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snowheads68 wrote:
Mike Pow wrote:
snowheads68 wrote:
Mike Pow wrote:
snowheads68 wrote:
The reason ice skates grip is because the blade is in the middle of the foot and the weight goes through it.


Or maybe because they're as sharp as all hell and cut into the ice.

If the edge was meant to be on the underside middle of the ski it would have been tried. Don't you think?


Where did I say "the edge was meant to be on the underside middle of the ski ".



Was my implication incorrect?

And if so, what's your point?


Yes.

My point was that angulation is the key to grip on ice and this is because it gets the downward force going through the edge of the foot and thru the inside edge of the ski as opposed to the middle. And that I think of all the types of angulation, ankle angulation is the most important and is the key to getting good grip on ice. Without it I don't feel the pressure as concentrated on the inside of my outside foot.


Thank you for the clarification.

Balance is the key to grip on ice IMHO.
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Mike Pow wrote:
snowheads68 wrote:
Mike Pow wrote:
snowheads68 wrote:
Mike Pow wrote:
snowheads68 wrote:
The reason ice skates grip is because the blade is in the middle of the foot and the weight goes through it.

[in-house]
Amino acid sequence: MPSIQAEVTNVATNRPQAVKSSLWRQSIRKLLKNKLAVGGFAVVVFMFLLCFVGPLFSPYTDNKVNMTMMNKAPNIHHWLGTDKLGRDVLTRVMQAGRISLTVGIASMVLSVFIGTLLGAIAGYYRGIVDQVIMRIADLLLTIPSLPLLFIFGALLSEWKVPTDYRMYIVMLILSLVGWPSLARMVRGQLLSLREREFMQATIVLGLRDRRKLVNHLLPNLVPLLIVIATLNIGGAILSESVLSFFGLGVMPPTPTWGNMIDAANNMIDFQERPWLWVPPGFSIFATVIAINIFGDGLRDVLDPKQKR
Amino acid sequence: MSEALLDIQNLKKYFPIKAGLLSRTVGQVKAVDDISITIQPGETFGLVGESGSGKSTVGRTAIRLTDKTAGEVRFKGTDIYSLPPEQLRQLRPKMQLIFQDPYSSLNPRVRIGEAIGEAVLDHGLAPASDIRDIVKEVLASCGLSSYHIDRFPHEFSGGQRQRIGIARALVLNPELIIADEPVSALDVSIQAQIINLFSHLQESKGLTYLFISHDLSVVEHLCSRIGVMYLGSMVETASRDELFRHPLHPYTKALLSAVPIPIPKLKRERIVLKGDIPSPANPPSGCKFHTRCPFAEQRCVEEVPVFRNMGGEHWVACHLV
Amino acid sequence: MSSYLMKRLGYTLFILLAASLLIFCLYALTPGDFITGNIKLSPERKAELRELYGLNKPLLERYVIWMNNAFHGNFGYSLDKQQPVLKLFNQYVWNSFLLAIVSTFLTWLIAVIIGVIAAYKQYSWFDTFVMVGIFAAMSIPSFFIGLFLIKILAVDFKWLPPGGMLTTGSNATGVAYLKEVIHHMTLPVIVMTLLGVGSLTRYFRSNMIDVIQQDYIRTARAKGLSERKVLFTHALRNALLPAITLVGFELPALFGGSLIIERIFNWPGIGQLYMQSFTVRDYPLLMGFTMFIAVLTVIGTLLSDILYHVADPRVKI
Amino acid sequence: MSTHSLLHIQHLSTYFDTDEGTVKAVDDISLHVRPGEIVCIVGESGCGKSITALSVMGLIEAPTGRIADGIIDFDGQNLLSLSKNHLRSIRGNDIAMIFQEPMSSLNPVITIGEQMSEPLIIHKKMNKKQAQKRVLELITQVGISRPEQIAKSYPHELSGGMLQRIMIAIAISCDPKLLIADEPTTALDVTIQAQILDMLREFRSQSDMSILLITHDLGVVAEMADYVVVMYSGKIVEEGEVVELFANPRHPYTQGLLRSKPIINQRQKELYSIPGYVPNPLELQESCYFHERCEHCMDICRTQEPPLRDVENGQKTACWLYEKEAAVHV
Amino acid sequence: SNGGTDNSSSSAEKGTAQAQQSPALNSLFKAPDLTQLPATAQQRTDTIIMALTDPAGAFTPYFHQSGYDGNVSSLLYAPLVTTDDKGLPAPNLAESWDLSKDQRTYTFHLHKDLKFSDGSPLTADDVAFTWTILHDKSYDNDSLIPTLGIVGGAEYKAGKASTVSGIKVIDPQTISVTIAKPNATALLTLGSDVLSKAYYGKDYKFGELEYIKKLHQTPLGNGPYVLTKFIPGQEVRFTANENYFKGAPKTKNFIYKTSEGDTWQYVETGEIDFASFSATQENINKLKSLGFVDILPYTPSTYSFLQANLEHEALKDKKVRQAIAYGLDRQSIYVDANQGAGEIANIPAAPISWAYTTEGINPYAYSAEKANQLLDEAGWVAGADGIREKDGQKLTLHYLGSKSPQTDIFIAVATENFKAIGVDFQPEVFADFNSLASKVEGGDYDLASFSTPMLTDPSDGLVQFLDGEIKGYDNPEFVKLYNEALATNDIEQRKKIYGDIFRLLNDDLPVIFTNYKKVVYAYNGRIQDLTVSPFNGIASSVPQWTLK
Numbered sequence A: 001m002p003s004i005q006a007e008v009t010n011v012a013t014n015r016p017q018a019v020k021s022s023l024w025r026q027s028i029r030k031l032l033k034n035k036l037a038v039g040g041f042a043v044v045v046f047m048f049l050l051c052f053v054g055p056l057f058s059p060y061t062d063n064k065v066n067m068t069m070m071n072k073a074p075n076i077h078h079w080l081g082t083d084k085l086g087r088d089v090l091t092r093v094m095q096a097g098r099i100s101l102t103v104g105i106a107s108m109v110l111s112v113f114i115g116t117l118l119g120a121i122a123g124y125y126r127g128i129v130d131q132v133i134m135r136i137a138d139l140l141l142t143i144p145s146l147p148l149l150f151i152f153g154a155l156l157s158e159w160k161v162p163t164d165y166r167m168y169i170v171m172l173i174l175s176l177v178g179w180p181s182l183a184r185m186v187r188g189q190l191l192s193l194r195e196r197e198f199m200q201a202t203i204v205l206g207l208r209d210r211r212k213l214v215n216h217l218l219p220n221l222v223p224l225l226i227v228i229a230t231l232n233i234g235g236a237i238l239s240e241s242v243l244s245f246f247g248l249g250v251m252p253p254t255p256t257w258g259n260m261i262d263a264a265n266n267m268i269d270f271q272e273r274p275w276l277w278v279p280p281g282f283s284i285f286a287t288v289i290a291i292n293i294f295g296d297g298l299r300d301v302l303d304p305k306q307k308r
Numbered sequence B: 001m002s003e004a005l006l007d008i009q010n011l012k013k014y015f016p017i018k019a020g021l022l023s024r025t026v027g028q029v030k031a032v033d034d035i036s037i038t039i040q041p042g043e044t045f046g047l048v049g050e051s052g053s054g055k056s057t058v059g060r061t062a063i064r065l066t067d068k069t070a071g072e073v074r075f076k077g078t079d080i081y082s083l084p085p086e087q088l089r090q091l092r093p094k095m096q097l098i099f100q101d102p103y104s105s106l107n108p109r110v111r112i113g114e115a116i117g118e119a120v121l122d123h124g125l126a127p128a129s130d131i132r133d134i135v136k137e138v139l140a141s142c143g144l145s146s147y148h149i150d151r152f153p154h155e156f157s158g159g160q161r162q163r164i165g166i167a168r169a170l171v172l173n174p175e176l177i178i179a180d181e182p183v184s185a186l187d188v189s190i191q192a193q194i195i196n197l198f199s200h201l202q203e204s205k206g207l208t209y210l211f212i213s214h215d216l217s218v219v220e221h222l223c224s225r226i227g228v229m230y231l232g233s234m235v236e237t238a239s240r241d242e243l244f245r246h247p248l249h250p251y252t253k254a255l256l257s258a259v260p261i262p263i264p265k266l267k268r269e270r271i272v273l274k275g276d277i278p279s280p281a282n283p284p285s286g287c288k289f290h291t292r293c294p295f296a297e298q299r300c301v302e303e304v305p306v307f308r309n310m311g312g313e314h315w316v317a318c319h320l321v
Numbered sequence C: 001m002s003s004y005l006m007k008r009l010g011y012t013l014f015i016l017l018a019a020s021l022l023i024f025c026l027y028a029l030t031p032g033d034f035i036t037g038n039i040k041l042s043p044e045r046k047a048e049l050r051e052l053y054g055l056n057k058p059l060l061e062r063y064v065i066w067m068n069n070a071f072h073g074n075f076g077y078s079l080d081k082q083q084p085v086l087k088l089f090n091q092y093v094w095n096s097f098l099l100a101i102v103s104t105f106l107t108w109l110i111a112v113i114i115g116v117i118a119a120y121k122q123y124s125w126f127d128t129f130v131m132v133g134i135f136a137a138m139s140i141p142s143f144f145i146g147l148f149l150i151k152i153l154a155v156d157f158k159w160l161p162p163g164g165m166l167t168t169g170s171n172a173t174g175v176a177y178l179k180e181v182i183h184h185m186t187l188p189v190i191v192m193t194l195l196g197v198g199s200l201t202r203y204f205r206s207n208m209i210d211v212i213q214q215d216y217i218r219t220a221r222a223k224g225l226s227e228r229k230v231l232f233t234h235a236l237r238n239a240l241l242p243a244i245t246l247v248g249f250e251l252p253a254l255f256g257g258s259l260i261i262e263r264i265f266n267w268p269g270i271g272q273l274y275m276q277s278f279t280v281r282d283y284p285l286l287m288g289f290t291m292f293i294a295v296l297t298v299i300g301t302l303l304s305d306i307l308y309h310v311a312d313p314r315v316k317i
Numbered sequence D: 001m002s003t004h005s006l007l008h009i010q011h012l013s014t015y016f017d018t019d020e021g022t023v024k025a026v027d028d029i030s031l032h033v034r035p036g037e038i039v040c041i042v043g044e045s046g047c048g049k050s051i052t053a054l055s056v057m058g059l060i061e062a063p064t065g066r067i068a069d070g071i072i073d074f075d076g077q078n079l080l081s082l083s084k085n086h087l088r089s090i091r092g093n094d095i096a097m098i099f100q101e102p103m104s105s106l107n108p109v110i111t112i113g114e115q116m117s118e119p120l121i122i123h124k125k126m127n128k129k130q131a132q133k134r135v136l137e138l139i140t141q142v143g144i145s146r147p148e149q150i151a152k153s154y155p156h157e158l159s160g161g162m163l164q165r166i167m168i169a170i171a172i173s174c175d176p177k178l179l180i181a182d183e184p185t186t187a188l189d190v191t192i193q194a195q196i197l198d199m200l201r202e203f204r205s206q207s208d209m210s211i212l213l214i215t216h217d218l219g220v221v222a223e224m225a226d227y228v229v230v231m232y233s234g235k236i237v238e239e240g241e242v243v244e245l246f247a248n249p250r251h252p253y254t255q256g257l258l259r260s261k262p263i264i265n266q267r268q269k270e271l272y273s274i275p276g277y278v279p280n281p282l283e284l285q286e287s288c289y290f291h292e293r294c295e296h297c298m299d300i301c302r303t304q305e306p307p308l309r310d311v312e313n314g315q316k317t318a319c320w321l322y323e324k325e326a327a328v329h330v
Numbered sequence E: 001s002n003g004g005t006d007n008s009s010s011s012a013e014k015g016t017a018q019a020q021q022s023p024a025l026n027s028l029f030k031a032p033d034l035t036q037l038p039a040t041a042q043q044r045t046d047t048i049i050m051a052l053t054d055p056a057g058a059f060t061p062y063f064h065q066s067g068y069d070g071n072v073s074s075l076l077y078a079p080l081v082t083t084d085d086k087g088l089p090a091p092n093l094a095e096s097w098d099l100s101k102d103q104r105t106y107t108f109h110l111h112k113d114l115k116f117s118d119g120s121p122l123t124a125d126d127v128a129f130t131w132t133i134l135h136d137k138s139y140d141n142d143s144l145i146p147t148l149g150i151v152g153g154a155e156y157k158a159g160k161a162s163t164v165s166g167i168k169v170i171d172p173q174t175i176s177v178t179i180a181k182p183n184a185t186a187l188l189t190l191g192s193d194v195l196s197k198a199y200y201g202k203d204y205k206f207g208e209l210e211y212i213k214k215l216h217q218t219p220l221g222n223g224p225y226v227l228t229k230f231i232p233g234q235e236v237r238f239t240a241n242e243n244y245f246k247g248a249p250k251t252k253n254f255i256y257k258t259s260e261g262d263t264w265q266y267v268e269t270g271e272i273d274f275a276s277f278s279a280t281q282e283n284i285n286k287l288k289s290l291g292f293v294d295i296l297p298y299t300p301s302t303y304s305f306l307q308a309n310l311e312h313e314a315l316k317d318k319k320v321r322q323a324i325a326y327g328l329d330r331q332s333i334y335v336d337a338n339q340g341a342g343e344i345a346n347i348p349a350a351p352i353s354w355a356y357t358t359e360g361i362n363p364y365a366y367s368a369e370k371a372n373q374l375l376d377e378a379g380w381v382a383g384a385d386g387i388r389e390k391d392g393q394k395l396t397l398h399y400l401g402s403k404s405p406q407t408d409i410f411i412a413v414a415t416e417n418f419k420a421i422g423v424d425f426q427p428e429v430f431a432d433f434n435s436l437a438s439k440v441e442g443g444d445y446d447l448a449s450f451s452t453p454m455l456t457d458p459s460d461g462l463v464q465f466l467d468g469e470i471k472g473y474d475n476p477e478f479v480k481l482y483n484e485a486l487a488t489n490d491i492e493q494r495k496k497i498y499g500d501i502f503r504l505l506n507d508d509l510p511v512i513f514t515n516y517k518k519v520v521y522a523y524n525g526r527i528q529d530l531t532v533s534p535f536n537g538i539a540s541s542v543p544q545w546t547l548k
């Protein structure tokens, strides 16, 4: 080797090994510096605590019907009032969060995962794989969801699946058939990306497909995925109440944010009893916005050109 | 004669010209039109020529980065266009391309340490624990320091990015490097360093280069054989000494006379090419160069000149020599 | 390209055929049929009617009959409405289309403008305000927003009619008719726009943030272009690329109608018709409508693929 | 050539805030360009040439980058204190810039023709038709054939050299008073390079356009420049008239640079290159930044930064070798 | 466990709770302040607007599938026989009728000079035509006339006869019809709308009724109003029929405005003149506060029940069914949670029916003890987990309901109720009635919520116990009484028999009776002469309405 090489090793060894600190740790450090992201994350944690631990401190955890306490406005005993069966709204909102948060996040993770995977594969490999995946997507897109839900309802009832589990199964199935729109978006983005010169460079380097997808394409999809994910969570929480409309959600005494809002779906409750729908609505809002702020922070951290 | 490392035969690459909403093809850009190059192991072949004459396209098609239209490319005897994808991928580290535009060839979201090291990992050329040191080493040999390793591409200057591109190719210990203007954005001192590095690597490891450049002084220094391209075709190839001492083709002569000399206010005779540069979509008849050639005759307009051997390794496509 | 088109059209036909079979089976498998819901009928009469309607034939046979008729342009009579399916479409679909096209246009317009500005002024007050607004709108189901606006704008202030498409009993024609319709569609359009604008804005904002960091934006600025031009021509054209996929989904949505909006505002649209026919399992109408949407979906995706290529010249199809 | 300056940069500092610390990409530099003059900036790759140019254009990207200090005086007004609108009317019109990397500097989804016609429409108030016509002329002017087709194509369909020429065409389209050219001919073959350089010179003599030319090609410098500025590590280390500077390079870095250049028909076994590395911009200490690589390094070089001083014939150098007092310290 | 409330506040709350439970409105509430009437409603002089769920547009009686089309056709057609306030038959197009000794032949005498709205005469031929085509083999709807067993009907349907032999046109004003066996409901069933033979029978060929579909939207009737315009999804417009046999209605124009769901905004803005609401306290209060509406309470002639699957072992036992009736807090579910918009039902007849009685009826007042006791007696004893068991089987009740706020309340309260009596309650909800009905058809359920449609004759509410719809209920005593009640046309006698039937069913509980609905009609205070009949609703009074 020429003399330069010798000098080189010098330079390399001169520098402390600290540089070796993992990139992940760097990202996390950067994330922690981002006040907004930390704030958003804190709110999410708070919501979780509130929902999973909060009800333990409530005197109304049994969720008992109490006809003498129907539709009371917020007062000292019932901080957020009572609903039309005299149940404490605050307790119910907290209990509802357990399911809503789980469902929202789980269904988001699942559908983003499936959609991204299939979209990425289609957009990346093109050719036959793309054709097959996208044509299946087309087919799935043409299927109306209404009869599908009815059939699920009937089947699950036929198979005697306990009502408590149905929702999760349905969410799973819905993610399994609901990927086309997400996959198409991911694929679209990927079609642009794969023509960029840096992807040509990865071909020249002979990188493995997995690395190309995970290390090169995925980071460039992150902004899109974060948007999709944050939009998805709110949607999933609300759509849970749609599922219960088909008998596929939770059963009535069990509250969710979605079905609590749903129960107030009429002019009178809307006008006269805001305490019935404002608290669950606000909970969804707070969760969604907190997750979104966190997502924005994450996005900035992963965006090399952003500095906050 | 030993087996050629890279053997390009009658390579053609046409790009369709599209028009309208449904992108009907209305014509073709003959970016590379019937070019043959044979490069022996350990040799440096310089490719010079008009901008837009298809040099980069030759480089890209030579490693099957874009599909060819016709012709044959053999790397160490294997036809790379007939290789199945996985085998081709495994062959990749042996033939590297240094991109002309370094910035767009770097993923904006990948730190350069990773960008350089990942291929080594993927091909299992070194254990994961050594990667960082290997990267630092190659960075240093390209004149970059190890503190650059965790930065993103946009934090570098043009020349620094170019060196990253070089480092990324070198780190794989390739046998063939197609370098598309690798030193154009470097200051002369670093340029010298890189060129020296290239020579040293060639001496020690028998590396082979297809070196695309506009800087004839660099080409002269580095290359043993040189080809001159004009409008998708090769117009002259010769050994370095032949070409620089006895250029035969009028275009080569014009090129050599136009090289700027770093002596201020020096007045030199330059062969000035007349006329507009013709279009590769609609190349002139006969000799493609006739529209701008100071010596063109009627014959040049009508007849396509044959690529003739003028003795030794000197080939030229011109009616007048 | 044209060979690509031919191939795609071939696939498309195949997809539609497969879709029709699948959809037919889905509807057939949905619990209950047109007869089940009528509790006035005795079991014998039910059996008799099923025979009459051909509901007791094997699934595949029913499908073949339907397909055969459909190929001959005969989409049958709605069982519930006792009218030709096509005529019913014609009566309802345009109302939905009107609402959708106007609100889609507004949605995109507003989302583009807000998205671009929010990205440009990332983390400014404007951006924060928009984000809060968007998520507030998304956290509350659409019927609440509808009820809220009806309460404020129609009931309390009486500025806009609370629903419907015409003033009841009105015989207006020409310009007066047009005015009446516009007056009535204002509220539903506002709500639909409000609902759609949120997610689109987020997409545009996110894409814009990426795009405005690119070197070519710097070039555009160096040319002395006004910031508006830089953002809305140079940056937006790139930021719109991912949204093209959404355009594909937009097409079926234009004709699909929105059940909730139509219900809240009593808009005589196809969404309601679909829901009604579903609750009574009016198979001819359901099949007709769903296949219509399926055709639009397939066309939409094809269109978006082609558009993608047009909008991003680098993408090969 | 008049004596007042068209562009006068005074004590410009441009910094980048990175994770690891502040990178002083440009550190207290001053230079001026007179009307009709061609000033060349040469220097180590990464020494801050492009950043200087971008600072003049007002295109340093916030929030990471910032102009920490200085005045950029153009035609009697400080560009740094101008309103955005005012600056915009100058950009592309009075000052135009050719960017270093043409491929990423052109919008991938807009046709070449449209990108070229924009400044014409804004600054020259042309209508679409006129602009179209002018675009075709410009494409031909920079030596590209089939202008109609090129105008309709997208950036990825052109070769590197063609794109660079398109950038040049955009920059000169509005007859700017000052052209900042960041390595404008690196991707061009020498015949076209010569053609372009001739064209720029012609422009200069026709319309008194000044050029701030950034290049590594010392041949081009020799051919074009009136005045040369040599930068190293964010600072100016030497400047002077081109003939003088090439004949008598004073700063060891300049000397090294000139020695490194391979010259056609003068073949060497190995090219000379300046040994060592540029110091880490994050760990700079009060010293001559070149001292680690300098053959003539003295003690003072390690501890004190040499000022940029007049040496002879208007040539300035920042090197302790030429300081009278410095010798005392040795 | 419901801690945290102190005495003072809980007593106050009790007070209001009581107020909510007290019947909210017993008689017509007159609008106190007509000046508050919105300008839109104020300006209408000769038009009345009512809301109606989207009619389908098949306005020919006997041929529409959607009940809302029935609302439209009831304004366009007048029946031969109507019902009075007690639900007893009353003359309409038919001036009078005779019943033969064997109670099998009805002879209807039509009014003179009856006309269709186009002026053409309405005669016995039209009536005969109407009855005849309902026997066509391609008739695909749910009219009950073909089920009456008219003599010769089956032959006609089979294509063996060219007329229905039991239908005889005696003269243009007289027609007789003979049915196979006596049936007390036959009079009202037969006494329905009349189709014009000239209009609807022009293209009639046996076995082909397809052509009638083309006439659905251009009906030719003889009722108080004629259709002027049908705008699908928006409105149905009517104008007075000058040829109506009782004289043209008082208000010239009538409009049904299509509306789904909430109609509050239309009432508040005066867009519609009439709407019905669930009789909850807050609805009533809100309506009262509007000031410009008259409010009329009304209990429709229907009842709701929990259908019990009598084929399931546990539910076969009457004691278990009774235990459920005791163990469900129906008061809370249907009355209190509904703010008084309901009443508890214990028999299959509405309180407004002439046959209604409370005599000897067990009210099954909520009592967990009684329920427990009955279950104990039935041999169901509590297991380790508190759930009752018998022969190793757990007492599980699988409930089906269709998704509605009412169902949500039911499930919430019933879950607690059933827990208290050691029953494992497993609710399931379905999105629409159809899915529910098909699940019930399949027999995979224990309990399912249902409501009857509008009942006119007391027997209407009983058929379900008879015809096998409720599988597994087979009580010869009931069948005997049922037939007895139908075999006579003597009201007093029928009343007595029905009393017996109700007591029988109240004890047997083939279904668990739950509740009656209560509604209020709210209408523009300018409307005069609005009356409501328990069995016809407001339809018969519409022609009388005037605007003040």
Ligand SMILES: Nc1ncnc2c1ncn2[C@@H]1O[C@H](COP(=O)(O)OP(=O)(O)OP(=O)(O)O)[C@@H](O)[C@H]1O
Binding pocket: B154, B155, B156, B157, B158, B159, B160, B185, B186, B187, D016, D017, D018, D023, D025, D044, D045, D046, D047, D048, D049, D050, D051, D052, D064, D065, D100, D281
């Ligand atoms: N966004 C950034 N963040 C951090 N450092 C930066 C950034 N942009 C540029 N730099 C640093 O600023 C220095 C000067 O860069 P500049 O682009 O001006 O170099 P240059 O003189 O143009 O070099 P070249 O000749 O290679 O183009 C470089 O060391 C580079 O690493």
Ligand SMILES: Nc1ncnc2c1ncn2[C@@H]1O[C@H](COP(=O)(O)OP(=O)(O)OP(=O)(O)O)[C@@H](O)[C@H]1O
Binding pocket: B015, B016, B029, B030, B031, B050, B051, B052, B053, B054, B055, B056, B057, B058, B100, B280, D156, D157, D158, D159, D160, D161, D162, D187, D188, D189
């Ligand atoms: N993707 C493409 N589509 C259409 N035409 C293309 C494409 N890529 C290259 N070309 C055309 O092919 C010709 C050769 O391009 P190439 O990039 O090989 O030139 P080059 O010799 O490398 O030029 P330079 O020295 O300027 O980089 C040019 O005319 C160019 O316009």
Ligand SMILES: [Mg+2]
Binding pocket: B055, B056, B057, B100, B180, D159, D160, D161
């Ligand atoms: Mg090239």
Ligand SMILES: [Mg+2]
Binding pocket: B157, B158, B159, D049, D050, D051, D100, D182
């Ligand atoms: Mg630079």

Or maybe because they're as sharp as all hell and cut into the ice.

If the edge was meant to be on the underside middle of the ski it would have been tried. Don't you think?


Where did I say "the edge was meant to be on the underside middle of the ski ".



Was my implication incorrect?

And if so, what's your point?


Yes.

My point was that angulation is the key to grip on ice and this is because it gets the downward force going through the edge of the foot and thru the inside edge of the ski as opposed to the middle. And that I think of all the types of angulation, ankle angulation is the most important and is the key to getting good grip on ice. Without it I don't feel the pressure as concentrated on the inside of my outside foot.


Thank you for the clarification.

Balance is the key to grip on ice IMHO.


My OP could have been a lot clearer with a better choice of diagram but it was the only one I could find.
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jedster wrote:
Quote:

And that I think of all the types of angulation, ankle angulation is the most important and is the key to getting good grip on ice. Without it I don't feel the pressure as concentrated on the inside of my outside foot.



I don't. The most important is hip angulation with stacked frame (strong outside leg).
Similarly important is smoothness - you need to initially load the edges with delicacy so not to overpower them before you have established the right angulation.


Doesn't hip angulation only come into play in long turns? No time to do it in medium, or certainly short turns.
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kieranm wrote:
I think you would enjoy reading Ultimate Skiing by Ron Le Master. It discusses this point - the offset of the edges from the middle of the foot, and what skiers can do about it - at length.

+1
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under a new name wrote:
@snowheads68, if you are having to use ankle movement inside your boots, they're too big or not done up appropriately.

Consider also relative and leveraged forces you can apply from tilting your foot rather than tilting your shin...